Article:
Daily Management Review

Industries Most Vulnerable To Disruption From Assaults In The Red Sea


Industries Most Vulnerable To Disruption From Assaults In The Red Sea
Due to continuous attacks in the Red Sea by Iran-backed Houthi terrorists in Yemen, which have impeded the flow of cargo through the vital Suez Canal commerce route, multinational corporations are facing an increase in supply bottlenecks.
In the first obvious indication that the attacks are affecting manufacturing, automakers Tesla, opens new tab; Geely-owned Volvo Car, opens new tab; and Suzuki Motor, opens new tab announced they were stopping part of their production in Europe owing to a scarcity of components.
On January 11, a series of strikes against the Houthi group, which is supported by Iran, were initiated by the United States and Britain.
Due to rising costs for container shipping, some corporations are choosing to reroute their vessels via a lengthier route through southern Africa. This route adds approximately 10 days to the shipping time, costs approximately $1 million in fuel, and may result in product shortages and delays.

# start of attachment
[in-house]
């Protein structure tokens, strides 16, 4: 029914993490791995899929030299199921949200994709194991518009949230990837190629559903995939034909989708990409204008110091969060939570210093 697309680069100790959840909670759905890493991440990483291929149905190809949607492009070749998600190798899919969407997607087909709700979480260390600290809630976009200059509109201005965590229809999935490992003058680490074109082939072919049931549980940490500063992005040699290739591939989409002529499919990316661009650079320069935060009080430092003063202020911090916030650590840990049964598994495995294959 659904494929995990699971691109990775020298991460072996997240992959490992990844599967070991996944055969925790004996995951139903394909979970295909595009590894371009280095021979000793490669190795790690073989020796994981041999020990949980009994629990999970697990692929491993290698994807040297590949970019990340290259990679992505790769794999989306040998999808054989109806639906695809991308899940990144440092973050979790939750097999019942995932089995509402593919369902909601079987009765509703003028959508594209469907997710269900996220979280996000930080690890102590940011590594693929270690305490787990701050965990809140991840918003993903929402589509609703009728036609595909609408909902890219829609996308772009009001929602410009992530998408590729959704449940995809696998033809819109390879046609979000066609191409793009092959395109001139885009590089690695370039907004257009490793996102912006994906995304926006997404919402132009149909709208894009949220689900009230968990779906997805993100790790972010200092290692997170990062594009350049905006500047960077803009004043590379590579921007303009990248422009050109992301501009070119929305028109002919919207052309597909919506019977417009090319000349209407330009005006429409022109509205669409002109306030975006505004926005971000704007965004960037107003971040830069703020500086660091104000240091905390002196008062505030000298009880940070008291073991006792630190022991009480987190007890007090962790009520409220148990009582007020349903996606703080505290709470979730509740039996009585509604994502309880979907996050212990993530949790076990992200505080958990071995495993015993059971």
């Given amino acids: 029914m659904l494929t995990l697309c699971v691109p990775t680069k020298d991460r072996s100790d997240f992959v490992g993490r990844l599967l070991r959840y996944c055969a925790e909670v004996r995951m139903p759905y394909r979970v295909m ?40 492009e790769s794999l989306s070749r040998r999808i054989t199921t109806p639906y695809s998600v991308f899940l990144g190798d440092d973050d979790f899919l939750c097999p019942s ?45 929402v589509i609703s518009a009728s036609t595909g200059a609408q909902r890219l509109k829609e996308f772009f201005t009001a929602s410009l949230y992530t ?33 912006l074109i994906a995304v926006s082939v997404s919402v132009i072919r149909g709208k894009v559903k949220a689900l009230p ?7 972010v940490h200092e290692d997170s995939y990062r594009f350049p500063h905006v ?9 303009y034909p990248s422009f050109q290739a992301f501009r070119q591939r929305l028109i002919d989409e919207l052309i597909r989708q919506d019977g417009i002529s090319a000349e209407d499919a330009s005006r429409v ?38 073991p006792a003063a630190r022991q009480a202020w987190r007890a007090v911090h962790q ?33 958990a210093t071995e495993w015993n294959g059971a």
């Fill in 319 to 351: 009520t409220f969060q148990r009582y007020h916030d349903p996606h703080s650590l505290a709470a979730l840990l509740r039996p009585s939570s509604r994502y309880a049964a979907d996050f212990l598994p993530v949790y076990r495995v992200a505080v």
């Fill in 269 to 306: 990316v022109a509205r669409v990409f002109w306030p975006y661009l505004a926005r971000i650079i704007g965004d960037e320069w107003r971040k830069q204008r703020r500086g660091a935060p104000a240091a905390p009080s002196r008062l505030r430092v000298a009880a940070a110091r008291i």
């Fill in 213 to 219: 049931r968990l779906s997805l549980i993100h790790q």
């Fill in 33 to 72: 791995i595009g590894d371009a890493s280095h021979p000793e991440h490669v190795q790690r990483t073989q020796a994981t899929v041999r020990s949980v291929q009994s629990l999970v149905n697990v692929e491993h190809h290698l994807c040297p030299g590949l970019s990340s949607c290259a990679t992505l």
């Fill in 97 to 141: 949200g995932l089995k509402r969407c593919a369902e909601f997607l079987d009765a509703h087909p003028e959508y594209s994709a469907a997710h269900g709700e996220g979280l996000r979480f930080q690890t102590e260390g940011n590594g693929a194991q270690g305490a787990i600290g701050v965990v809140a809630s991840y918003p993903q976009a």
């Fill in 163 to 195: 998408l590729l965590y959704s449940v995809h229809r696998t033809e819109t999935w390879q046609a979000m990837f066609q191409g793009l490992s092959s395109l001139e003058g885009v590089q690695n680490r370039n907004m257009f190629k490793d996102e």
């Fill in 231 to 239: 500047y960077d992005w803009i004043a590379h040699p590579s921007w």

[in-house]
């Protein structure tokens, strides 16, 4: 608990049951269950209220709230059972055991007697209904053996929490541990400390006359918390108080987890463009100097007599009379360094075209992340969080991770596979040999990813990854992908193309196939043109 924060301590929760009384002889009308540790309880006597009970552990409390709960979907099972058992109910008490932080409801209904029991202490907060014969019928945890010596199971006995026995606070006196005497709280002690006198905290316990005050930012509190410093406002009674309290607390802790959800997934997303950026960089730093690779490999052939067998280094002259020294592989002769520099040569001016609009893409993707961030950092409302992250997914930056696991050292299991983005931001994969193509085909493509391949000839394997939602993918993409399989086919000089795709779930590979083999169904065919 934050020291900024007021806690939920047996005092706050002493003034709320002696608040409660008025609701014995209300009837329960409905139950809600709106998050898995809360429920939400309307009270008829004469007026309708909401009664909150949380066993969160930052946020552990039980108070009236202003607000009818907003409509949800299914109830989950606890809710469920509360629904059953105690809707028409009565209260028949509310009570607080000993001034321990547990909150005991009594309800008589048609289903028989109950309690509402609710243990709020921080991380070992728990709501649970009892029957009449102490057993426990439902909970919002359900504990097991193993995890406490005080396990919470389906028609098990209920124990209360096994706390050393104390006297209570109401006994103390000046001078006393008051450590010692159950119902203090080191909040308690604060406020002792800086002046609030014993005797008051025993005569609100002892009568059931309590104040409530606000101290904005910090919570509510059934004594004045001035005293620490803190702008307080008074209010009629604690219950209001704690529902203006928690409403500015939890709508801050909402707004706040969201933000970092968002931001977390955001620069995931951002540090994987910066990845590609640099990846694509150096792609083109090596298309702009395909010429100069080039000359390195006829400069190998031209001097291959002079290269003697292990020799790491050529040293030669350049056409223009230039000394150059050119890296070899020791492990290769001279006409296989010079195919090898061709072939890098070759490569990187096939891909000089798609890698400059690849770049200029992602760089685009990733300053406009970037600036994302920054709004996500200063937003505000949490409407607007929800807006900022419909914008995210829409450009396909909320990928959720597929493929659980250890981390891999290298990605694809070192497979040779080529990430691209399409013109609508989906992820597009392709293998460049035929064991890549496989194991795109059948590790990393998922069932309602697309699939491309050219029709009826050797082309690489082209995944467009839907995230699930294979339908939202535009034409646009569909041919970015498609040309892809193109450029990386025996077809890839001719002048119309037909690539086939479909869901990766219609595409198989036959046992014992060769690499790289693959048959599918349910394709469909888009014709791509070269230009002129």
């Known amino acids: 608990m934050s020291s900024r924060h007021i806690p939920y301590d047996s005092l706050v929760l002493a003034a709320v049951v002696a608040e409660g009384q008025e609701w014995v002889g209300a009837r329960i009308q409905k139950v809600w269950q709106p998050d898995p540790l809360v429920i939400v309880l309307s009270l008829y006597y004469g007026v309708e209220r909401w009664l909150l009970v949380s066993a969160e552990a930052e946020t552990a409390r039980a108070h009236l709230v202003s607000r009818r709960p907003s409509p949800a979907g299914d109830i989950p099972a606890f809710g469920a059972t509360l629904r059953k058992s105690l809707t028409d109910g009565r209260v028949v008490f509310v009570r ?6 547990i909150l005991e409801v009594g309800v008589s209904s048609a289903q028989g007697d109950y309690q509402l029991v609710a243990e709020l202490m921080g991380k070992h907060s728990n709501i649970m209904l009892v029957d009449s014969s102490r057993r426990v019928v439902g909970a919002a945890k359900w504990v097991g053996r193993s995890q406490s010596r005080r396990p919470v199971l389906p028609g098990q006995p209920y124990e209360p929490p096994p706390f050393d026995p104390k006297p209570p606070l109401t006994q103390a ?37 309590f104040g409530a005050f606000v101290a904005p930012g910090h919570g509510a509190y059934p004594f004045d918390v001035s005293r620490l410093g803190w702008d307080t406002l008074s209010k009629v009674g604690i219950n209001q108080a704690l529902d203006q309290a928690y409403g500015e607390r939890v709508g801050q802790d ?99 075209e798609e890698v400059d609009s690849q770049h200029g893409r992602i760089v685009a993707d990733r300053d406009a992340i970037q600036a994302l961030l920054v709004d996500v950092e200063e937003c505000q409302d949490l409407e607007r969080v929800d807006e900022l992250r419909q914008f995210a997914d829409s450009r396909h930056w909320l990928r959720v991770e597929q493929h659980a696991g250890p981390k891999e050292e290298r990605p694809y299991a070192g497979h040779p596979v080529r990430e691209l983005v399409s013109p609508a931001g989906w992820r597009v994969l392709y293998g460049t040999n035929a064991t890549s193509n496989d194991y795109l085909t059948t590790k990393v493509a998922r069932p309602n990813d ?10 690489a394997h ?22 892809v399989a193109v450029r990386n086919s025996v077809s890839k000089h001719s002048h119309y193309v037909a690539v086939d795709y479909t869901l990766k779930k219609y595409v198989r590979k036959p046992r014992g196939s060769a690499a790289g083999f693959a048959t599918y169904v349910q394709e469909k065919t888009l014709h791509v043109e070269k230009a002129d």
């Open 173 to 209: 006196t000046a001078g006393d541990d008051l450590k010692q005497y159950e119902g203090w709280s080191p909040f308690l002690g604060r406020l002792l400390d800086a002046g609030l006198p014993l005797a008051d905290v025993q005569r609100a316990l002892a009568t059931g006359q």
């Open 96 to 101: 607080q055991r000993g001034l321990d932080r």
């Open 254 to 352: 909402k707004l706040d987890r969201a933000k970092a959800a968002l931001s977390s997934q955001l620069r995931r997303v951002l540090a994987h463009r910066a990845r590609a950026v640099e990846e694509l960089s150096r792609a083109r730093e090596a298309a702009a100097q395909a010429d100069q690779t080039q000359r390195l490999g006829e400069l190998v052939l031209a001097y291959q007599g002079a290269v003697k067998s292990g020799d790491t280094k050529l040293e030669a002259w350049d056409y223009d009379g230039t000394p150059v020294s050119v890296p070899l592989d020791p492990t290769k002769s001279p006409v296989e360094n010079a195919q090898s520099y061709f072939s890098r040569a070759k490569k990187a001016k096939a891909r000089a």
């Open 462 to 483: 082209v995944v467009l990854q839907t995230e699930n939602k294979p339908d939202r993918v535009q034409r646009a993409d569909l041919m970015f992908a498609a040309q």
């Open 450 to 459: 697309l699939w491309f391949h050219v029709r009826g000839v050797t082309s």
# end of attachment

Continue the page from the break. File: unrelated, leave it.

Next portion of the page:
S&P Global data revealed that 14.8% of all imports into Europe and the Middle East and North Africa (MENA) come via the Suez Canal route. According to its analysis, the industries most at danger were chemicals, consumer goods, and apparel.
When evaluating industrial and product exposure, S&P Global examines over 6,000 items and over 300 industrial categories. The Suez route is considered as a percentage of all freight in the region; a greater ratio indicates less options from other markets or modes of transportation.
In the meantime, 55.1% of all shipments from Europe/MENA to Asia or the Gulf were made by sea. But just 8.6% of those imports were delivered through the Suez Canal.